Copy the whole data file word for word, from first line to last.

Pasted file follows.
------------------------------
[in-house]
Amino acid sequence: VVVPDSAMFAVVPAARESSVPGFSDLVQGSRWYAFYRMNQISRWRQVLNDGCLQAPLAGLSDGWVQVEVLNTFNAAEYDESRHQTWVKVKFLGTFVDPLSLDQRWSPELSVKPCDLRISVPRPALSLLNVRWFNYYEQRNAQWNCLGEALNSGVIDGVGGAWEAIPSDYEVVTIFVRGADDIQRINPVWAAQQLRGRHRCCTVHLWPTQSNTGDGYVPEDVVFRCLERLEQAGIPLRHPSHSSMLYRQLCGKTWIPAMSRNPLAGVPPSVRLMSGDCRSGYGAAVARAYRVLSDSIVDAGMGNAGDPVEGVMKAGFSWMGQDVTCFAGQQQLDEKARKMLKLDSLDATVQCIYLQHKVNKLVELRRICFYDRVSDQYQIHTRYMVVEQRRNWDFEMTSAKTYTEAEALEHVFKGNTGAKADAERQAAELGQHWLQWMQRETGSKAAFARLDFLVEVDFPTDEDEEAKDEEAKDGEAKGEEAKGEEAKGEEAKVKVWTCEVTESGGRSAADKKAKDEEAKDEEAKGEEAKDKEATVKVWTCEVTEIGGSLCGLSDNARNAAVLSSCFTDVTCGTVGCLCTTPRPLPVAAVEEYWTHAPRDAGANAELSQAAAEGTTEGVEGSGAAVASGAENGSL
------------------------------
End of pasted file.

[in-house]
Amino acid sequence: VVVPDSAMFAVVPAARESSVPGFSDLVQGSRWYAFYRMNQISRWRQVLNDGCLQAPLAGLSDGWVQVEVLNTFNAAEYDESRHQTWVKVKFLGTFVDPLSLDQRWSPELSVKPCDLRISVPRPALSLLNVRWFNYYEQRNAQWNCLGEALNSGVIDGVGGAWEAIPSDYEVVTIFVRGADDIQRINPVWAAQQLRGRHRCCTVHLWPTQSNTGDGYVPEDVVFRCLERLEQAGIPLRHPSHSSMLYRQLCGKTWIPAMSRNPLAGVPPSVRLMSGDCRSGYGAAVARAYRVLSDSIVDAGMGNAGDPVEGVMKAGFSWMGQDVTCFAGQQQLDEKARKMLKLDSLDATVQCIYLQHKVNKLVELRRICFYDRVSDQYQIHTRYMVVEQRRNWDFEMTSAKTYTEAEALEHVFKGNTGAKADAERQAAELGQHWLQWMQRETGSKAAFARLDFLVEVDFPTDEDEEAKDEEAKDGEAKGEEAKGEEAKGEEAKVKVWTCEVTESGGRSAADKKAKDEEAKDEEAKGEEAKDKEATVKVWTCEVTEIGGSLCGLSDNARNAAVLSSCFTDVTCGTVGCLCTTPRPLPVAAVEEYWTHAPRDAGANAELSQAAAEGTTEGVEGSGAAVASGAENGSL